Work in the U.K. on Filamentary A15 Conductor Development

  • J. A. Lee
  • C. A. Scott
Part of the Cryogenic Materials Series book series (CRYMS)


In the U.K. substantial work on Nb3Sn conductor development began at Harwell in 1967, with a Department of Industry (DoI) funded programme to establish the technical and economic basis for the industrial production of Nb3Sn tapes produced by the surface-diffusion (liquid reaction) route. Work on intrinsically stable filamentary Nb3Sn composites, financed by the United Kingdom Atomic Energy Administration (UKAEA), began in 1969 with work on the tin-bronze/niobium composites. Other matrix materials, for example silver, were also examined. The work developed in close collaboration with the Rutherford; Laboratory, with the emphasis on conductors suitable for pulsed field use in accelerators. By 1974 the Rutherford Laboratory had built a successful series of small magnets, using conductors incorporating high purity copper regions protected by diffusion barriers, both tantalum and phosphorus-poisoned niobium, and had established the principles of the wind-react technique for magnet construction.1,2 In collaboration with a commercial bronze founder, C. C. Clifford, Birmingham, the production of 13.5 wt% Sn bronzes on a tonnage scale by continuous casting had also been established.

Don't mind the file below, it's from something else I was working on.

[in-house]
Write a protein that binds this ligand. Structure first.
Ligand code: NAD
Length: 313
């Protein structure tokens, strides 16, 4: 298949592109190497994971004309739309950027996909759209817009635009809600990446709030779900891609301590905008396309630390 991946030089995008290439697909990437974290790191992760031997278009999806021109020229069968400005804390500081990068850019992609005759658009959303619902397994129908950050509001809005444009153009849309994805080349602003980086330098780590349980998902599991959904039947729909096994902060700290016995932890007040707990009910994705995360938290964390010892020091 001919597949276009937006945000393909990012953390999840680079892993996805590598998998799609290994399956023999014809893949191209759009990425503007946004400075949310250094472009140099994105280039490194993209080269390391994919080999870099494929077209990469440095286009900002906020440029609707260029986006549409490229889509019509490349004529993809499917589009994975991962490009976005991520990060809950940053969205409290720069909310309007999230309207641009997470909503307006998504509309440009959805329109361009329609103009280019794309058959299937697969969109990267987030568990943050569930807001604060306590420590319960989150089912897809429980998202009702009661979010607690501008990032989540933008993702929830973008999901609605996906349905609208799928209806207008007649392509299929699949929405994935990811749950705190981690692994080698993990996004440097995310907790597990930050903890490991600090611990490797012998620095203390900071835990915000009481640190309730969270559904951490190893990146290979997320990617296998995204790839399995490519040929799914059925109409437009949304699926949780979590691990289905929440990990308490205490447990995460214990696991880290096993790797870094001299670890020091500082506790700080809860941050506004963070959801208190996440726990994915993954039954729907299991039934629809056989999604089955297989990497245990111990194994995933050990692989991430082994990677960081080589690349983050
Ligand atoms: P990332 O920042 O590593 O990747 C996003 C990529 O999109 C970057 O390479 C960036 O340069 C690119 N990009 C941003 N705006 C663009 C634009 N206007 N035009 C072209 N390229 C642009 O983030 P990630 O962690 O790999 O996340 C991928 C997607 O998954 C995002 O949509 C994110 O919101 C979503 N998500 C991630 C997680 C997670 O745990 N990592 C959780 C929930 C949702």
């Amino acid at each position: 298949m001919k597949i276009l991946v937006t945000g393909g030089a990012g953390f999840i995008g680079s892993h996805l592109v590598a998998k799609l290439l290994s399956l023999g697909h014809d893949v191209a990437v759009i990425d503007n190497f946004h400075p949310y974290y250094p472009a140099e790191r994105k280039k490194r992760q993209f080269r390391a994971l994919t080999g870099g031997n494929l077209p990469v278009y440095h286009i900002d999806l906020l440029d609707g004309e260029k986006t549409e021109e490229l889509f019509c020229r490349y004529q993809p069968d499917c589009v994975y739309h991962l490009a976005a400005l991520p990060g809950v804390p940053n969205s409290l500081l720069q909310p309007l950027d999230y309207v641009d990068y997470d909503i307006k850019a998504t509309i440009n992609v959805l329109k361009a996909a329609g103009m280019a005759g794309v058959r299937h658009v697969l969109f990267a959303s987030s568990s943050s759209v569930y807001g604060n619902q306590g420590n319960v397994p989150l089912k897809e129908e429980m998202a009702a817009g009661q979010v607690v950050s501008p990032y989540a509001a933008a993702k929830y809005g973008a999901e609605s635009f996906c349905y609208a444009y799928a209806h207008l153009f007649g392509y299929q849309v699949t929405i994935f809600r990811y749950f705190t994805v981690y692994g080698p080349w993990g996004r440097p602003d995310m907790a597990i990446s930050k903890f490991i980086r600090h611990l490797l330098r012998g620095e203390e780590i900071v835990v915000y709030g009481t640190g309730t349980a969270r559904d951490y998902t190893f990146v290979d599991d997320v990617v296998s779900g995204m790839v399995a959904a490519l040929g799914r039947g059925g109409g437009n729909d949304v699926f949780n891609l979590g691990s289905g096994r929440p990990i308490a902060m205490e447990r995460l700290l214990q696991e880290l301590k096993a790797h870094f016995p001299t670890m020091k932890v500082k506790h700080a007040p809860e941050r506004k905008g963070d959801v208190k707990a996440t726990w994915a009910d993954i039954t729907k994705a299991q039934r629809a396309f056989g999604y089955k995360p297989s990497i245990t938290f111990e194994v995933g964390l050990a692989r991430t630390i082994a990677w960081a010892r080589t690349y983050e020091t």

Continuous Casting Tonnage Scale Casting Furnace Conductor Development Residual Phosphorus Content 
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Copyright information

© Plenum Press, New York 1980

Authors and Affiliations

  • J. A. Lee
    • 1
  • C. A. Scott
    • 2
  1. 1.Chemistry DivisionAERE HarwellDidcotUK
  2. 2.Rutherford LaboratoryChilton DidcotUK

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